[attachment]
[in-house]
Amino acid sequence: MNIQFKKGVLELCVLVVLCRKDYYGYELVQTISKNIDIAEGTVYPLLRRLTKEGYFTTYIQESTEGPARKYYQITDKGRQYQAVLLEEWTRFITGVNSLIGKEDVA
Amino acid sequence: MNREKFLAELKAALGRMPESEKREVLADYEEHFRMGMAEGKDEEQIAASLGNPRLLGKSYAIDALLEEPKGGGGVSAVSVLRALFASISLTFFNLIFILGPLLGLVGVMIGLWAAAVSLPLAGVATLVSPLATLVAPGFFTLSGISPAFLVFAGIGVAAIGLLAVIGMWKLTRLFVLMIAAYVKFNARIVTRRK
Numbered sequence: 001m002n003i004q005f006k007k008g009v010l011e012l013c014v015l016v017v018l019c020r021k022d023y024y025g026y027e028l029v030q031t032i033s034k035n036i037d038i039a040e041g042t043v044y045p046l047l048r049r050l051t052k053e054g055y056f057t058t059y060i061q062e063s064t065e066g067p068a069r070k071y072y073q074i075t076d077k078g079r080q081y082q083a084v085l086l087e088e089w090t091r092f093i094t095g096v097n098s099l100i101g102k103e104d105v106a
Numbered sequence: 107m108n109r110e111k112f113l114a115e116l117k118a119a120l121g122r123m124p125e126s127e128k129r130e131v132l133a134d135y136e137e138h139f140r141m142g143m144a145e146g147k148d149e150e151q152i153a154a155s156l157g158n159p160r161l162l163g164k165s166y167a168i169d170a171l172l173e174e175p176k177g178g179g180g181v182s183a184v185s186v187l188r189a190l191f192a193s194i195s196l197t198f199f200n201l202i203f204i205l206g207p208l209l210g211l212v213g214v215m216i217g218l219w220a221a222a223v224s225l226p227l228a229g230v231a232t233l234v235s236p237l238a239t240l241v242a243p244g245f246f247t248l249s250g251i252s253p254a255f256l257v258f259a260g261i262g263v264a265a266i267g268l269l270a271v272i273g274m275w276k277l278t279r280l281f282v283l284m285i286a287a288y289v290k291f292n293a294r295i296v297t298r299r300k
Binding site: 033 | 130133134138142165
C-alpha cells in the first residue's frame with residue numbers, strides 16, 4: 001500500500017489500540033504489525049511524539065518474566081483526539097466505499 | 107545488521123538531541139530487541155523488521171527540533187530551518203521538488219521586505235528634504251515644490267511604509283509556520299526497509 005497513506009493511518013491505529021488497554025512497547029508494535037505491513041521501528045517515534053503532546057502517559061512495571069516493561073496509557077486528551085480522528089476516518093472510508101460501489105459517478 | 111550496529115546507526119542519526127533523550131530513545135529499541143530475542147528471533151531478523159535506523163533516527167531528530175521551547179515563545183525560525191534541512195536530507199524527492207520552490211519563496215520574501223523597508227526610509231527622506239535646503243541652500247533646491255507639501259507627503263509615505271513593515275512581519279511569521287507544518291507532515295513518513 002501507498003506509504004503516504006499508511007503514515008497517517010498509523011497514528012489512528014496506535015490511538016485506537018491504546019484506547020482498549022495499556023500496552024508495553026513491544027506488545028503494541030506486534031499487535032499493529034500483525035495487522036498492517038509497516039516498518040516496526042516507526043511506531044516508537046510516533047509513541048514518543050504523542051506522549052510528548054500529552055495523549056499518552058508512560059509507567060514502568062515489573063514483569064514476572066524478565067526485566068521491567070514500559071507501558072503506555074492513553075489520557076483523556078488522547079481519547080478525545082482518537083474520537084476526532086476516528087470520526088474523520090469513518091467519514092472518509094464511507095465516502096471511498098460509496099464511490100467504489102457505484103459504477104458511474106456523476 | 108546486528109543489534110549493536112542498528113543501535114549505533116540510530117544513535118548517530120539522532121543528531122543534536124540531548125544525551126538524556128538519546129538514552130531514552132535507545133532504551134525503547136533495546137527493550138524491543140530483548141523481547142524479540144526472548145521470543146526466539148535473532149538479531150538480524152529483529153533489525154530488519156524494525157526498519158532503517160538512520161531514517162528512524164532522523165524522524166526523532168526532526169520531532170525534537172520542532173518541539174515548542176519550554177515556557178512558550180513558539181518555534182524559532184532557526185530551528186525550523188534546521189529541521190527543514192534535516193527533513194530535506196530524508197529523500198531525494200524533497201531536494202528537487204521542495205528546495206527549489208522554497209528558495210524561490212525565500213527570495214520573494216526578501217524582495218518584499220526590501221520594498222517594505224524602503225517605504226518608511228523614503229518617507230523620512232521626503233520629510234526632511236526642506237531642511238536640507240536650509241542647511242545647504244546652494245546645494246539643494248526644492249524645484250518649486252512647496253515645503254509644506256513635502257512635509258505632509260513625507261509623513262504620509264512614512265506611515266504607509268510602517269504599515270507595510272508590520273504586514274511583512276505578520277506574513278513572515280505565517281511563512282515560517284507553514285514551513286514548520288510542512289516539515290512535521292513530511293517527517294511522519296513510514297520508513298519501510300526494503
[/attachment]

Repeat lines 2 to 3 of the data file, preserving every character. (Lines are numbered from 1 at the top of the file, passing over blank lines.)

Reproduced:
Amino acid sequence: MNIQFKKGVLELCVLVVLCRKDYYGYELVQTISKNIDIAEGTVYPLLRRLTKEGYFTTYIQESTEGPARKYYQITDKGRQYQAVLLEEWTRFITGVNSLIGKEDVA
Amino acid sequence: MNREKFLAELKAALGRMPESEKREVLADYEEHFRMGMAEGKDEEQIAASLGNPRLLGKSYAIDALLEEPKGGGGVSAVSVLRALFASISLTFFNLIFILGPLLGLVGVMIGLWAAAVSLPLAGVATLVSPLATLVAPGFFTLSGISPAFLVFAGIGVAAIGLLAVIGMWKLTRLFVLMIAAYVKFNARIVTRRK